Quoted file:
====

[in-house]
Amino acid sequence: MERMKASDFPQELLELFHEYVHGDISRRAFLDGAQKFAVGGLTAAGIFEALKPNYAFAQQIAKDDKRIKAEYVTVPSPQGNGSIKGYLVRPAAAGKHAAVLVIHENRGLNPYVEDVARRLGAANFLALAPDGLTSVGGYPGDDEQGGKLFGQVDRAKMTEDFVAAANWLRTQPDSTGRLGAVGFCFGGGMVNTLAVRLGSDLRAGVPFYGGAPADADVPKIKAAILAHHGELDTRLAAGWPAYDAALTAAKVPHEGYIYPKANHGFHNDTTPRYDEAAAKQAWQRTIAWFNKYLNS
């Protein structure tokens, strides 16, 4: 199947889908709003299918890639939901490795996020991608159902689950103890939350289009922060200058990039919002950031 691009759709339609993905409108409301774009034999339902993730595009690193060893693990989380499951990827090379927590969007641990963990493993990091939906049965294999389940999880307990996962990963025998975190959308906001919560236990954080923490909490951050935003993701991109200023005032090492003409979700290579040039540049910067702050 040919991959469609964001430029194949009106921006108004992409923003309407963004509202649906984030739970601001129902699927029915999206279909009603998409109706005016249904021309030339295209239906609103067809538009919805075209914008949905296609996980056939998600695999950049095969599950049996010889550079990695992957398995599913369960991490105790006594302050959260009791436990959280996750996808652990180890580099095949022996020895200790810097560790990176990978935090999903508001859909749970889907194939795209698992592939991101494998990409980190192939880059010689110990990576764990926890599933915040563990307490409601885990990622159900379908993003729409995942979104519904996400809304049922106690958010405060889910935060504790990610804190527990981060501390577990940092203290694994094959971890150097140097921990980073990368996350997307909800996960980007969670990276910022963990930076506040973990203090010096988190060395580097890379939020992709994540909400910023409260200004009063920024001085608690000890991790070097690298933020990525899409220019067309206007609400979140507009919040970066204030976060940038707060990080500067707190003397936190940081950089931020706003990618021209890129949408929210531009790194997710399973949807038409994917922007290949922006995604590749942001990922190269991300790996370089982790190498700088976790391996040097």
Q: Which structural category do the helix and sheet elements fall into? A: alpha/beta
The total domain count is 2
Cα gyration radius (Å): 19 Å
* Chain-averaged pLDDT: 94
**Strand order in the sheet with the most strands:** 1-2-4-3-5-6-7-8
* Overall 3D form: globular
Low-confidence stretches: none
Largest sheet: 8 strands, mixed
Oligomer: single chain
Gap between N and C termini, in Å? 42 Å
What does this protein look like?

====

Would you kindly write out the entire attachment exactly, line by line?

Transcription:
[in-house]
Amino acid sequence: MERMKASDFPQELLELFHEYVHGDISRRAFLDGAQKFAVGGLTAAGIFEALKPNYAFAQQIAKDDKRIKAEYVTVPSPQGNGSIKGYLVRPAAAGKHAAVLVIHENRGLNPYVEDVARRLGAANFLALAPDGLTSVGGYPGDDEQGGKLFGQVDRAKMTEDFVAAANWLRTQPDSTGRLGAVGFCFGGGMVNTLAVRLGSDLRAGVPFYGGAPADADVPKIKAAILAHHGELDTRLAAGWPAYDAALTAAKVPHEGYIYPKANHGFHNDTTPRYDEAAAKQAWQRTIAWFNKYLNS
């Protein structure tokens, strides 16, 4: 199947889908709003299918890639939901490795996020991608159902689950103890939350289009922060200058990039919002950031 691009759709339609993905409108409301774009034999339902993730595009690193060893693990989380499951990827090379927590969007641990963990493993990091939906049965294999389940999880307990996962990963025998975190959308906001919560236990954080923490909490951050935003993701991109200023005032090492003409979700290579040039540049910067702050 040919991959469609964001430029194949009106921006108004992409923003309407963004509202649906984030739970601001129902699927029915999206279909009603998409109706005016249904021309030339295209239906609103067809538009919805075209914008949905296609996980056939998600695999950049095969599950049996010889550079990695992957398995599913369960991490105790006594302050959260009791436990959280996750996808652990180890580099095949022996020895200790810097560790990176990978935090999903508001859909749970889907194939795209698992592939991101494998990409980190192939880059010689110990990576764990926890599933915040563990307490409601885990990622159900379908993003729409995942979104519904996400809304049922106690958010405060889910935060504790990610804190527990981060501390577990940092203290694994094959971890150097140097921990980073990368996350997307909800996960980007969670990276910022963990930076506040973990203090010096988190060395580097890379939020992709994540909400910023409260200004009063920024001085608690000890991790070097690298933020990525899409220019067309206007609400979140507009919040970066204030976060940038707060990080500067707190003397936190940081950089931020706003990618021209890129949408929210531009790194997710399973949807038409994917922007290949922006995604590749942001990922190269991300790996370089982790190498700088976790391996040097």
Q: Which structural category do the helix and sheet elements fall into? A: alpha/beta
The total domain count is 2
Cα gyration radius (Å): 19 Å
* Chain-averaged pLDDT: 94
**Strand order in the sheet with the most strands:** 1-2-4-3-5-6-7-8
* Overall 3D form: globular
Low-confidence stretches: none
Largest sheet: 8 strands, mixed
Oligomer: single chain
Gap between N and C termini, in Å? 42 Å
What does this protein look like?